The tuna diet is a short-term eating pattern in which you mainly eat tuna and water.

While it causes rapid weight loss, it is very restrictive and has several extreme downsides.

This article tells you everything you need to know about the tuna diet.

  • Overall score: 1.21
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BOTTOM LINE: The tuna diet promotes rapid weight loss at the expense of nutrient deficiencies, potential mercury poisoning, and severe calorie restriction.

The tuna diet is a low-calorie, low-carb, high-protein eating plan created by bodybuilder Dave Draper.

You’re meant to primarily consume water and tuna for three days.

Then, you can add low-fat dairy products, fruit, poultry, and vegetables for an unspecified period. During this phase, your macronutrient ratio should be 40% protein, 30% carbs, and 30% fat.

Although promoted as a way to break bad dietary habits and encourage quick weight loss, it’s a crash diet that isn’t supported by research.


The tuna diet is a low-calorie, high-protein diet that promotes rapid weight loss. However, it’s not supported by science.

To follow this diet, you should eat only tuna and water for three consecutive days.

The tuna must be plain — without oil, mayonnaise, vinegar, or spices — and enough to give you 1.5 grams of protein per kilogram of body weight (3.3 grams per lb.) each day.

You’re also supposed to drink 34 ounces (2 liters) of water daily, down a serving of Metamucil each night for fiber, and take vitamin, mineral, and branched-chain amino acid supplements.

After three days, you can add leafy green vegetables, steamed non-starchy vegetables, fruit, low-fat dairy products, and chicken.

Although there’s no set duration, you’re likely meant to follow it until you reach your target weight, then repeat it from time to time for rapid weight loss.

Other versions of the diet

While Draper’s plan is strict and regimented, various websites offer slightly different rules.

In fact, many of these adapted diets allow for additional foods, such as starchy vegetables, grains, unsweetened beverages like coffee and tea, and other protein sources like eggs.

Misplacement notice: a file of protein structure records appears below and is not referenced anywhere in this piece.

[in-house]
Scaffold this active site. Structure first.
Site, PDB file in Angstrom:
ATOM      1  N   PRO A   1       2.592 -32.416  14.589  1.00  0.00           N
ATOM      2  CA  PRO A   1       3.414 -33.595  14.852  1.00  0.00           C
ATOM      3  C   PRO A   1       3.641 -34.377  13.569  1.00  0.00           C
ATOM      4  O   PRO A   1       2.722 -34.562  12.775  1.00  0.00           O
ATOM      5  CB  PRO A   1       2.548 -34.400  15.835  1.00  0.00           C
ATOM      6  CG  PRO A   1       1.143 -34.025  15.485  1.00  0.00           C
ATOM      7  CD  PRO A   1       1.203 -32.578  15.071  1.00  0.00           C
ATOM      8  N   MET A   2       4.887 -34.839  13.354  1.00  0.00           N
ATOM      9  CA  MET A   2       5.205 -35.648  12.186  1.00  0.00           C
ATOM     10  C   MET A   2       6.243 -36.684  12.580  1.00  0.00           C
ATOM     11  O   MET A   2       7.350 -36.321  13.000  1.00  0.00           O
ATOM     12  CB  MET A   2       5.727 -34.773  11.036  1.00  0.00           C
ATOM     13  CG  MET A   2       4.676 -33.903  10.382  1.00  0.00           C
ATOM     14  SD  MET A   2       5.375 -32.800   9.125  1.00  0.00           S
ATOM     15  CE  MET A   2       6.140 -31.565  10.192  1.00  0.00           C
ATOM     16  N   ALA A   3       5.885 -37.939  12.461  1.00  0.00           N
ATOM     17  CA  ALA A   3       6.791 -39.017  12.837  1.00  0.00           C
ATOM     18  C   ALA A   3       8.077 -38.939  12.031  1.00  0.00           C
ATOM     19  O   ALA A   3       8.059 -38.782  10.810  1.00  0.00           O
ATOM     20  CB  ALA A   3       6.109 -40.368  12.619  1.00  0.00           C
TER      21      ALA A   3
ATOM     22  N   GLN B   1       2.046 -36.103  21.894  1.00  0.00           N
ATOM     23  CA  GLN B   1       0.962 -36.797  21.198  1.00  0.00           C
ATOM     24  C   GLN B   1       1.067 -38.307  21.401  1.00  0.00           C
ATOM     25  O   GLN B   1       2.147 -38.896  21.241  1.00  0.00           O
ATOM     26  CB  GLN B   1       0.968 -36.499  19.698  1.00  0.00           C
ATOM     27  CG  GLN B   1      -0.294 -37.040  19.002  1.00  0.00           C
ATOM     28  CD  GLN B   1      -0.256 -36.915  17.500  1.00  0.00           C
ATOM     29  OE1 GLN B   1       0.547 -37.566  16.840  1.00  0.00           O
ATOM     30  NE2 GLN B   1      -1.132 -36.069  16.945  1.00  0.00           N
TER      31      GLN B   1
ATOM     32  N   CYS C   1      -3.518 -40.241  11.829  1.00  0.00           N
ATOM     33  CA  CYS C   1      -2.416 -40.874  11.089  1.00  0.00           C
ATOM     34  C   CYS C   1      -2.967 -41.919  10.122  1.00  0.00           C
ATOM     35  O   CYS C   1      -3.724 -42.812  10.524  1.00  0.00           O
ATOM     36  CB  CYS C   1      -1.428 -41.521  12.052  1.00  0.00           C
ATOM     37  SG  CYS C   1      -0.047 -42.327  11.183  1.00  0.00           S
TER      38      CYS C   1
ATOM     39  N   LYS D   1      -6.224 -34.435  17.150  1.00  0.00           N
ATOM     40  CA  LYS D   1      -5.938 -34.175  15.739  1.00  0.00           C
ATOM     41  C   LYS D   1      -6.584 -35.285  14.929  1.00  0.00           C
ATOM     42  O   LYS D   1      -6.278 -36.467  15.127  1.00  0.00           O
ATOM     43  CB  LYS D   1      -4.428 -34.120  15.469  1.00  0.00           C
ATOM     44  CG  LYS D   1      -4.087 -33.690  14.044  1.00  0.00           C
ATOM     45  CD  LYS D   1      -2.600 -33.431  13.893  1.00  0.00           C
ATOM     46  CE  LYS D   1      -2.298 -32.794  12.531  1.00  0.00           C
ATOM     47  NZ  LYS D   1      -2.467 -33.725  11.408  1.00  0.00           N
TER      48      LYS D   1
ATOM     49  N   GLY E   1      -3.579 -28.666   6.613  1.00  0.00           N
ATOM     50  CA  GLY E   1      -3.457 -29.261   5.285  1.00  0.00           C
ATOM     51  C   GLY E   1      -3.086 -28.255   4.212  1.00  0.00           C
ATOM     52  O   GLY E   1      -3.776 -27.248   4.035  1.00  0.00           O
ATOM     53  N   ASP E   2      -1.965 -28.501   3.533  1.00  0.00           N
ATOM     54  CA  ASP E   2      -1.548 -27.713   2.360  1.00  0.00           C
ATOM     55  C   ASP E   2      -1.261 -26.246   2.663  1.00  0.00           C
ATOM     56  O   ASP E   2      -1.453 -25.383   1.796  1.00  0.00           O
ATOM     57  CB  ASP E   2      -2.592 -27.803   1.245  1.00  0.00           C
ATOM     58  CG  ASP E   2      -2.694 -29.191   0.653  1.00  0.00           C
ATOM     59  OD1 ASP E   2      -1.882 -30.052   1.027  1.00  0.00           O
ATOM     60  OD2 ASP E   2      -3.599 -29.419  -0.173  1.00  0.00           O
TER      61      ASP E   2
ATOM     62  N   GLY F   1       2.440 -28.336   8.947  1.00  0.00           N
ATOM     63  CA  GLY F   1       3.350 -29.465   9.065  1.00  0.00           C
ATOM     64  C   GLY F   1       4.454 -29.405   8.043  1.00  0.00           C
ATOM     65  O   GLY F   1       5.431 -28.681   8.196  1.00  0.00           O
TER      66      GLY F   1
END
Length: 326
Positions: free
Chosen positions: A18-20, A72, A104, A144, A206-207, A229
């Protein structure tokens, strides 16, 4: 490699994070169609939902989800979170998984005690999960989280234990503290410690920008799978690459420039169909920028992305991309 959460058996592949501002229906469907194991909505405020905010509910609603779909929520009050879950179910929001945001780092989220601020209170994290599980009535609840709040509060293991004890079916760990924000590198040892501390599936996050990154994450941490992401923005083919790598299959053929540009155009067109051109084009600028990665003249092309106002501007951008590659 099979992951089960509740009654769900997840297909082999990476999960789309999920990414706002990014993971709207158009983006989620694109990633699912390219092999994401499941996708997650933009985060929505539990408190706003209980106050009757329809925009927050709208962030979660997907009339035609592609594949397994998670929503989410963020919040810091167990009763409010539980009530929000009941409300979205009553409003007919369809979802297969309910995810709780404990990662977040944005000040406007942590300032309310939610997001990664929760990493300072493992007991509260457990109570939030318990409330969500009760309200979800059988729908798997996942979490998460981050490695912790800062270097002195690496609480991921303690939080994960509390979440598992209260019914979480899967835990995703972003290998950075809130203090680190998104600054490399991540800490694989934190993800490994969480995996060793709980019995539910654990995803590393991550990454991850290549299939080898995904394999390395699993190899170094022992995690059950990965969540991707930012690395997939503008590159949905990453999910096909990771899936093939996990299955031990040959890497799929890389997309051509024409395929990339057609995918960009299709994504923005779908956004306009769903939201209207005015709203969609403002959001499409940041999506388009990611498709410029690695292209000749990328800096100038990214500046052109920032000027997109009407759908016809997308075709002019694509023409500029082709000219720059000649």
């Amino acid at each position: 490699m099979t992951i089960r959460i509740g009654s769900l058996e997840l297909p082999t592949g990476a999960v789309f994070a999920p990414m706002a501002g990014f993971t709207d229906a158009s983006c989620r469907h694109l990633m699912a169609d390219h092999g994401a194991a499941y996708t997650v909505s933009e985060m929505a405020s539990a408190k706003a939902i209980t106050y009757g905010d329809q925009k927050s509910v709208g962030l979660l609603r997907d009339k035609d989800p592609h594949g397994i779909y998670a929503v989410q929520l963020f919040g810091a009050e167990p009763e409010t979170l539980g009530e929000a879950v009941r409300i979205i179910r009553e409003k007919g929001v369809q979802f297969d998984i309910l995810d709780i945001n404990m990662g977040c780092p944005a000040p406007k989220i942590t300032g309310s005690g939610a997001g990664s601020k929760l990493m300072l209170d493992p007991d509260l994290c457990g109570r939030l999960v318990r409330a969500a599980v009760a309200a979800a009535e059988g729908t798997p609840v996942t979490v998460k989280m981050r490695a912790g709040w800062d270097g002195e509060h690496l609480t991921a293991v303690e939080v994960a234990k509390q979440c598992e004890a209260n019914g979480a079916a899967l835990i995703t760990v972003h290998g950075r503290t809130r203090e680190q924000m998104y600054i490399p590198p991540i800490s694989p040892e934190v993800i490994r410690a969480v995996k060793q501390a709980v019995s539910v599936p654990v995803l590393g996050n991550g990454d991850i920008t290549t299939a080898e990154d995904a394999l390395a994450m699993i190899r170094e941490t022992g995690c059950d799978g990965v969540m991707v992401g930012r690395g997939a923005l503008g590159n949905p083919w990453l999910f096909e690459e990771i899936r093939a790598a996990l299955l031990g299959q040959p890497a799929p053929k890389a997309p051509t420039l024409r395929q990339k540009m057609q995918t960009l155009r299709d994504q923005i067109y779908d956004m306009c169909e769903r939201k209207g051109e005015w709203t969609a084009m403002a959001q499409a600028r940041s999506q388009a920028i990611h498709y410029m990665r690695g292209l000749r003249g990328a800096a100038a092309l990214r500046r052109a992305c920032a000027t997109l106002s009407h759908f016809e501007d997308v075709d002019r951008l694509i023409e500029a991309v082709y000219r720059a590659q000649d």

Still, none of these plans are supported by scientific research.


The tuna diet allows only tuna and water for the first three days, then a few other foods — although some versions are slightly more flexible.

The tuna diet is an extremely restrictive plan that may cause rapid weight loss due to its low calorie count. Yet, diets that severely restrict calories can harm your health.

Notably, severe calorie restriction slows your metabolism and impairs muscle mass. Many studies show that regularly eating far less than your body needs reduces the number of calories your body burns at rest (1, 2, 3, 4, 5).

What’s more, severe calorie restriction can trigger severe hunger — and even result in weight gain after you go off your diet (3).

Overall, research suggests that very-low-calorie diets like the tuna diet are unsustainable and fail to improve body composition (4).


The tuna diet may result in rapid initial weight loss but, like many crash diets, is unsustainable, encourages severe calorie restriction, and may even lead to weight gain over time.

In moderation, tuna is a healthy, low-calorie protein source.

It’s rich in omega-3 fatty acids, which are essential nutrients that aid your heart, brain, and immune system (6).

Additionally, this fish is high in selenium, an essential micronutrient that provides anti-inflammatory and antioxidant effects, in addition to promoting thyroid function (7, 8).

Nonetheless, tuna doesn’t provide all the nutrients your body needs. As such, the risks of the tuna diet far outweigh its benefits.


Tuna is a healthy protein that can be part of a balanced diet. However, the tuna diet is far from balanced — as this fish is not meant to be your sole source of nutrients.

The tuna diet has several severe downsides, including its low calorie count, highly restrictive nature, and risk of mercury poisoning.

Fails to provide adequate calories

The tuna diet does not provide enough calories for most adults.

A 3-ounce (85-gram) can of tuna packed in water contains 73 calories, 16.5 grams of protein, 0.6 grams of fat, and 0 grams of carbs (9).